So how are McGillis sessions generally going, like the one he had with the Sea Dogs? He likes to start with an on-ice component. If players see him playing the game and quickly understand that he can do it at a high level, he earns their respect and helps crush any stereotypes that a gay man can’t be a great athlete. Once that comfort is established, the escape component begins. That’s when he’ll talk to a compliance team and ask them to provide surprising information about their non-hockey interests.

“It’s amazing in a one hour workshop with our players, and our coaching staff, our coaching staff and myself, we spend all this time together and we learn so much in this hour with Brock. “said Georgie. “He was able to facilitate that. That’s what I love about Brock. It’s his story and getting comfortable and sharing experiences, and that comes with his experiences. He really understands you, understands everyone, thinks, thinks and speaks with themselves. It was really effective. “

In addition to the breakout sessions on compliance, McGillis discusses culture change with teams, embedding the idea of ​​inclusion and individuality in social and family contexts as, like him, the current generation of children can become leaders. It’s an idea that, in Georgie’s mind, seems more feasible than ever. In assessing his own team, he sees a Gen Z demographic more tolerant and educated than any that came before him.

“These young men are really interested in social issues and care about things, care about sustainability and are curious about social issues,” Georgie said. “They are aware of the various challenges that, for example, First Nations hockey players face. They are interested in and follow women’s hockey. This generation is actually really curious and really inclusive and a really open-minded generation. “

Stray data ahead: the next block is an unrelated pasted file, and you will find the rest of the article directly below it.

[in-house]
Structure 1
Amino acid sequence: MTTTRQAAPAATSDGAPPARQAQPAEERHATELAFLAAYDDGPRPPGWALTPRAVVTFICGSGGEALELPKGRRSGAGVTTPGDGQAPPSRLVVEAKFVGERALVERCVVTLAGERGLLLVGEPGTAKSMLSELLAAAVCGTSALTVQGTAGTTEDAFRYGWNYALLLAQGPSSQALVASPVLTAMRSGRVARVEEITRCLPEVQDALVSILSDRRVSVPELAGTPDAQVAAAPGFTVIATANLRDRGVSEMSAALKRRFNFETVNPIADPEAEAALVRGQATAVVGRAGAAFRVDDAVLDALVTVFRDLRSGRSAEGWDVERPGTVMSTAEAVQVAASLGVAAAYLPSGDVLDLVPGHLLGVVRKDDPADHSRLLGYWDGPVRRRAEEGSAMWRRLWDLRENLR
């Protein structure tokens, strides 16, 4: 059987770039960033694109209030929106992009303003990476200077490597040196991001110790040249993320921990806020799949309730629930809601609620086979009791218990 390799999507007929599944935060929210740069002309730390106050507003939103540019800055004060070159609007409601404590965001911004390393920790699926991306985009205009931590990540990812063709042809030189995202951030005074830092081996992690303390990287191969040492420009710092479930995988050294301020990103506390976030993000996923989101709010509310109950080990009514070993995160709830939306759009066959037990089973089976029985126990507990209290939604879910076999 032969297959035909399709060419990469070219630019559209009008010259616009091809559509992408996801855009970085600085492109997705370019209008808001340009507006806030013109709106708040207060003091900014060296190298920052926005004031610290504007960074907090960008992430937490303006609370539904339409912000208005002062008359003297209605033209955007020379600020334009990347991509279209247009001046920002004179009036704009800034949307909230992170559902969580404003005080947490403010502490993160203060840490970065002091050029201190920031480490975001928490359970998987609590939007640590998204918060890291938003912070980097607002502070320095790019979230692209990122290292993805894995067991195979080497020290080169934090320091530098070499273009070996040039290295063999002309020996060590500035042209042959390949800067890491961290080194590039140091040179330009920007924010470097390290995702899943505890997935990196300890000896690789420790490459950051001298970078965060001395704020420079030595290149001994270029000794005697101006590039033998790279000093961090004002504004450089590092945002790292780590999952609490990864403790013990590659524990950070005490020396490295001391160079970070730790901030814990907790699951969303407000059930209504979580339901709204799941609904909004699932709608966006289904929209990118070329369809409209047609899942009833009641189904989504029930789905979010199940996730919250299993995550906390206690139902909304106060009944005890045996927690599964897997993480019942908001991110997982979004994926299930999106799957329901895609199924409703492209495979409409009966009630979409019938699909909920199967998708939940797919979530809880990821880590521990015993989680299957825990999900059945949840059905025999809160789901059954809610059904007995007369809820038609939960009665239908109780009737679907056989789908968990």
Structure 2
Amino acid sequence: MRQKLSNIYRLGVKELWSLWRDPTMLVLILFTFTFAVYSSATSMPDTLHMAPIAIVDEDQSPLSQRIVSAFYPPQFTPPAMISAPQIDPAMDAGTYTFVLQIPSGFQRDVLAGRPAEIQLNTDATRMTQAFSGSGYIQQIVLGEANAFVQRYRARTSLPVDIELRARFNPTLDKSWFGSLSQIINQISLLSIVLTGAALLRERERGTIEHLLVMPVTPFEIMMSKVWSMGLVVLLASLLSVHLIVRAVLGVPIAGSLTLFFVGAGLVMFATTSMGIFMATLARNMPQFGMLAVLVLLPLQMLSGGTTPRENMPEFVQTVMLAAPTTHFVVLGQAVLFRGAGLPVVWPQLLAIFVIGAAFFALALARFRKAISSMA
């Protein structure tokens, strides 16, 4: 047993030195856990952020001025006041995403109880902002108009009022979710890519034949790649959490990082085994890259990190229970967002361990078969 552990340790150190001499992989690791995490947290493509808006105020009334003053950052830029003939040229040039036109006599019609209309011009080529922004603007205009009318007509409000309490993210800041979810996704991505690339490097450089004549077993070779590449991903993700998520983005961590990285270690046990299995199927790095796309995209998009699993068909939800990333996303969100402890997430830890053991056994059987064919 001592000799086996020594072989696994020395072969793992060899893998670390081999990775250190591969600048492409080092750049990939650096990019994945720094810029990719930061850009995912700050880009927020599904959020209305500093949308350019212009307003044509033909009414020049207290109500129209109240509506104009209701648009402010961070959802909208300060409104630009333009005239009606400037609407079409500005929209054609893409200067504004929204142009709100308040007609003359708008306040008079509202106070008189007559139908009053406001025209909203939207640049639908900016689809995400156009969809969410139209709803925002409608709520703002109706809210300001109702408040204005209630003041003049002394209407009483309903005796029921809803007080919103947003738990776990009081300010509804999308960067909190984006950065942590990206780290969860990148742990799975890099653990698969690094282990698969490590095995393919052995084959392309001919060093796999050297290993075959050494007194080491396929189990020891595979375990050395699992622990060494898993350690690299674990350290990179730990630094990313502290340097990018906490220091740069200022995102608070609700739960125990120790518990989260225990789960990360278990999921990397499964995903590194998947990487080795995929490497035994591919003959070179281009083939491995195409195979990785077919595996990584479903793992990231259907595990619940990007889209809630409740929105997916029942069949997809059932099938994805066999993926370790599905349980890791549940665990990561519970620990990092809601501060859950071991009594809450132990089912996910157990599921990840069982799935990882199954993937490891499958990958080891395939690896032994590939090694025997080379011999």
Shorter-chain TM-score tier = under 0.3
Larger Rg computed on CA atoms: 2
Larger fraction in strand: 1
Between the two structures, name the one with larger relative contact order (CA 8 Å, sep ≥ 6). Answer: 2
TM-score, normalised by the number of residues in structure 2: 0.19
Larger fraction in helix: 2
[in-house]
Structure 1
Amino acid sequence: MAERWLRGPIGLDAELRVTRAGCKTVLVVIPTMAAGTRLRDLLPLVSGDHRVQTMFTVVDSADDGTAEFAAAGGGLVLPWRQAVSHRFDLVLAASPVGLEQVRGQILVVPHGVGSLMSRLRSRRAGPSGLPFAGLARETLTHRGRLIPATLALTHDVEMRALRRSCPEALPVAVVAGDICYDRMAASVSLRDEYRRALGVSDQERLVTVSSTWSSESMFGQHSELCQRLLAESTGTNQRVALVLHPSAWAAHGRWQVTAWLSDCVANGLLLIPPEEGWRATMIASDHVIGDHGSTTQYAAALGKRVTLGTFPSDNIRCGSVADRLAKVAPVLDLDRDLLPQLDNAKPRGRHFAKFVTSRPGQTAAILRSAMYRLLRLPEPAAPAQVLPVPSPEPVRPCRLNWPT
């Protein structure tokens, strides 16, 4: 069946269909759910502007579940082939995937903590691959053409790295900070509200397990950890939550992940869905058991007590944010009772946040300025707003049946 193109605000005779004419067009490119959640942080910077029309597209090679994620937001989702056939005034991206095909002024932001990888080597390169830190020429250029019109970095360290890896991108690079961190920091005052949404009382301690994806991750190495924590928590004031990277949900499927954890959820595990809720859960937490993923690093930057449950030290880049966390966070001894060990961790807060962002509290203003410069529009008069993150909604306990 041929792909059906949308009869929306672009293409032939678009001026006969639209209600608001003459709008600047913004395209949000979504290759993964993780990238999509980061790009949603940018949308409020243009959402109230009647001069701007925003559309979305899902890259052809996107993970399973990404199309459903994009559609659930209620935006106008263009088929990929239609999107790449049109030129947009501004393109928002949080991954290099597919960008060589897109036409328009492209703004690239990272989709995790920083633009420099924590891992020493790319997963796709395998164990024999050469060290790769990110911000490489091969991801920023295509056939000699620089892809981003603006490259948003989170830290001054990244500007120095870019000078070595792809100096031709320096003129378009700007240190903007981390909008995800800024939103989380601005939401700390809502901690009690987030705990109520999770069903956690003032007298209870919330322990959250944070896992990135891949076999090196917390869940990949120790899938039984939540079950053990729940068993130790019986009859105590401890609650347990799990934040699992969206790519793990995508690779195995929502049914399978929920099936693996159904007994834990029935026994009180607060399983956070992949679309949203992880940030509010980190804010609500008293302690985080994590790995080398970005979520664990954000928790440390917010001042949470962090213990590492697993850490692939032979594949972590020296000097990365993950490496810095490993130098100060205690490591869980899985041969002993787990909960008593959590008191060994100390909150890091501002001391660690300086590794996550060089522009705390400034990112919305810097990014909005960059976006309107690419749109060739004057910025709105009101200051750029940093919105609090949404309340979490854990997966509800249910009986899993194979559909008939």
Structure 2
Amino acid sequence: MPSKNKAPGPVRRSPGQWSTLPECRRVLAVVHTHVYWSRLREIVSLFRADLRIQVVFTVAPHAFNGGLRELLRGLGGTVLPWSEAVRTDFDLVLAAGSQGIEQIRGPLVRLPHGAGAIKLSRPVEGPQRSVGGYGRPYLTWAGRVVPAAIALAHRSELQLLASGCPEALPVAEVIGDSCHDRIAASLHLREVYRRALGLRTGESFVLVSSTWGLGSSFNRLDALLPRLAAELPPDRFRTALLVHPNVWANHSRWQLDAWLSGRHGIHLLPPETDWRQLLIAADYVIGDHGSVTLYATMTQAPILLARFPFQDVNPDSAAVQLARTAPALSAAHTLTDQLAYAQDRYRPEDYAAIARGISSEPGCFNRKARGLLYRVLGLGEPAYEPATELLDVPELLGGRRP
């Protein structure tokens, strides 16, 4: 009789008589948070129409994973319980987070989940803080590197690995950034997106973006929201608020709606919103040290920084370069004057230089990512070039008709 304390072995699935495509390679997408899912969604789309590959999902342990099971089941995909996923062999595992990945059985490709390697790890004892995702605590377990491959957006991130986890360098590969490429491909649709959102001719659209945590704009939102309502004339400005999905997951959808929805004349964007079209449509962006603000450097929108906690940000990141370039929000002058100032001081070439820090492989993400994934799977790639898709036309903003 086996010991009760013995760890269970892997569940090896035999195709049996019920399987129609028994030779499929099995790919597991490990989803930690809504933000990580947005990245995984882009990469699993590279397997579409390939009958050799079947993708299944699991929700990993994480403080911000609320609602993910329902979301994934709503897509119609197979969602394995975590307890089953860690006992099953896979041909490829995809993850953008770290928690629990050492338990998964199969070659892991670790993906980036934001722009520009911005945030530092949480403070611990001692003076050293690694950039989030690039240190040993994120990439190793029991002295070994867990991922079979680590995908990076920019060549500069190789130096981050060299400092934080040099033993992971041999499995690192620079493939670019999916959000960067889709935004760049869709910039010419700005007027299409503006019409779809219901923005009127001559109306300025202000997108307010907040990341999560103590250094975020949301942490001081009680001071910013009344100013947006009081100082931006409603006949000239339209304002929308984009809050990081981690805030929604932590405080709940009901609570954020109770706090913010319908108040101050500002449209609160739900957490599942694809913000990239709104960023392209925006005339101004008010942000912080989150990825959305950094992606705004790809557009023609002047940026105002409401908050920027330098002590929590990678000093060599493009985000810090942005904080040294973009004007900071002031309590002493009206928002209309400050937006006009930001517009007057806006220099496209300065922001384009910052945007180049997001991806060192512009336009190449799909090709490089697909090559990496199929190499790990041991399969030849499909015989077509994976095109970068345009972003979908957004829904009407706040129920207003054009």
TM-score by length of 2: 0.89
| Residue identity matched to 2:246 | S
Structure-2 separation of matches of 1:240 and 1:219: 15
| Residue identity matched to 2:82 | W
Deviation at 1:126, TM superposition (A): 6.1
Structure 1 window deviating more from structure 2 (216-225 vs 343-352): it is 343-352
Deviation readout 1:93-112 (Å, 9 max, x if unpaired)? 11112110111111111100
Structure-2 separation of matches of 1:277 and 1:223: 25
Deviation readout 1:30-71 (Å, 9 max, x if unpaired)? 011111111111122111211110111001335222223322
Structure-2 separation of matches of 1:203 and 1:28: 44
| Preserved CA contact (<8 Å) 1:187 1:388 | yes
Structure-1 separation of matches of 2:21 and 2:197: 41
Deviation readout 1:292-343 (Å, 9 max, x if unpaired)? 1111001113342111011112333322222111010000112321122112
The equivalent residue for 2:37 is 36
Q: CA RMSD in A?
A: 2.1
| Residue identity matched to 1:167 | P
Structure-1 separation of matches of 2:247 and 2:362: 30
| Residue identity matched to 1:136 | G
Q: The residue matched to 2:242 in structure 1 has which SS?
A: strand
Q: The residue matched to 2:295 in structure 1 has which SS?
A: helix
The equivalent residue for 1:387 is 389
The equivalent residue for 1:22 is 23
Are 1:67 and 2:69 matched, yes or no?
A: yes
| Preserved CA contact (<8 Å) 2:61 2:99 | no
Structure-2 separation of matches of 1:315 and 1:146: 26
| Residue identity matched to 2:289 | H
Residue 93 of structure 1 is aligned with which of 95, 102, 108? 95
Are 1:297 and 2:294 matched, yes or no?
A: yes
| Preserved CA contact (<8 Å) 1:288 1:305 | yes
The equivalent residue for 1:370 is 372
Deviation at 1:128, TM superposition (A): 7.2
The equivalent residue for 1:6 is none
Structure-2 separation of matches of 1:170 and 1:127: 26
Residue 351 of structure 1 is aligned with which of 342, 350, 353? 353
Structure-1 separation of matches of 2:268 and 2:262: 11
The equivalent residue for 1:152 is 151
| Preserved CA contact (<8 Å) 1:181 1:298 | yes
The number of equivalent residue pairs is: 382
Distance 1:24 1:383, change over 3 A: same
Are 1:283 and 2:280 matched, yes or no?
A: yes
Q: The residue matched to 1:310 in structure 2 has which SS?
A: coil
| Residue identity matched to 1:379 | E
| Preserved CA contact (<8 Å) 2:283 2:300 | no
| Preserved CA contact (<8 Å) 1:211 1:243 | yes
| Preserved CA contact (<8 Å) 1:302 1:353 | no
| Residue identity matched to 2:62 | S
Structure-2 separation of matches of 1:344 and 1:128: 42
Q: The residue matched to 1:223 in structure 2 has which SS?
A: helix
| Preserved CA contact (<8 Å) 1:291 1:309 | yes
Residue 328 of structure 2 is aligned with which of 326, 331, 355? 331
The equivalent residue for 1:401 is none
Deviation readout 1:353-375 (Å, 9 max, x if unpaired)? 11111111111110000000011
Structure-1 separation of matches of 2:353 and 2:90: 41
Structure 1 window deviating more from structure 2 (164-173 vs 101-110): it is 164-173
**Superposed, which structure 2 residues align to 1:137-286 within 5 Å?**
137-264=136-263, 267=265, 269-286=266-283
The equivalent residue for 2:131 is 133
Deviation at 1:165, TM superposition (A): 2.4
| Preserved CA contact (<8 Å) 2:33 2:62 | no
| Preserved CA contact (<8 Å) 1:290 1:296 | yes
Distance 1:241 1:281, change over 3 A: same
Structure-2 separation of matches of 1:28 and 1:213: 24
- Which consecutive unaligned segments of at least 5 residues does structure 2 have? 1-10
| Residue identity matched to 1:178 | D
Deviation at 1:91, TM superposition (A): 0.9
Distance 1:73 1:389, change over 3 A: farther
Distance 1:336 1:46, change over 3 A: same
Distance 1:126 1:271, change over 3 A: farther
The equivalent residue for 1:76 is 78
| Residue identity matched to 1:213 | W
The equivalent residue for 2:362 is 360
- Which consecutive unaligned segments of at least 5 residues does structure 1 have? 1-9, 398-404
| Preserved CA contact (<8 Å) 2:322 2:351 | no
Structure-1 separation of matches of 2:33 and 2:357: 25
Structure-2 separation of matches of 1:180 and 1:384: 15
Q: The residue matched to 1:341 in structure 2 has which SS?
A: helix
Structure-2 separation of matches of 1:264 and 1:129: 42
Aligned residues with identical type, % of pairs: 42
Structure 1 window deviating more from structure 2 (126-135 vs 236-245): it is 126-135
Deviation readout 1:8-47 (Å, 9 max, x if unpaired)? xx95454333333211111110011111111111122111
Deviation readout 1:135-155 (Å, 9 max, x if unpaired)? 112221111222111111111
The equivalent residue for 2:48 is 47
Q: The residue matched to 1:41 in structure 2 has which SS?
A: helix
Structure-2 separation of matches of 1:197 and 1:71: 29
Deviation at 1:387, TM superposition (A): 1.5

The way Georgie sees it, social media makes it difficult for the junior player population, creates pressure for some uniform existence, creates a fear of being judged, and it can still put even modern thinkers on the line. path to compliance. That’s why he took it upon himself to bring McGillis to Saint John. “I absolutely think the players are ready for this, and it’s up to us as leaders and management to give them those opportunities and experiences,” said Georgie.

The good news: Programs like McGillis are helping. He also worked with the Erie Otters and Saginaw Spirit this season, with the NCAA division at Boston University. I then have on the record. The bad news: not all teams have as progressive management as these teams. Georgie, for example, is a CEO particularly well equipped to understand the importance of inclusiveness. He does not come from a “conventional” hockey background. Her father was born in Iraq. Georgie became interested in hockey because her grandmother, who is deaf, loved it because it didn’t require her and was a hobby she could share with her grandson. Georgie also has a family member in the LGBTQ + community. He’s understandably sympathetic to McGillis’ cause, and the Sea Dogs asked McGillis to speak with their players as early as 2018.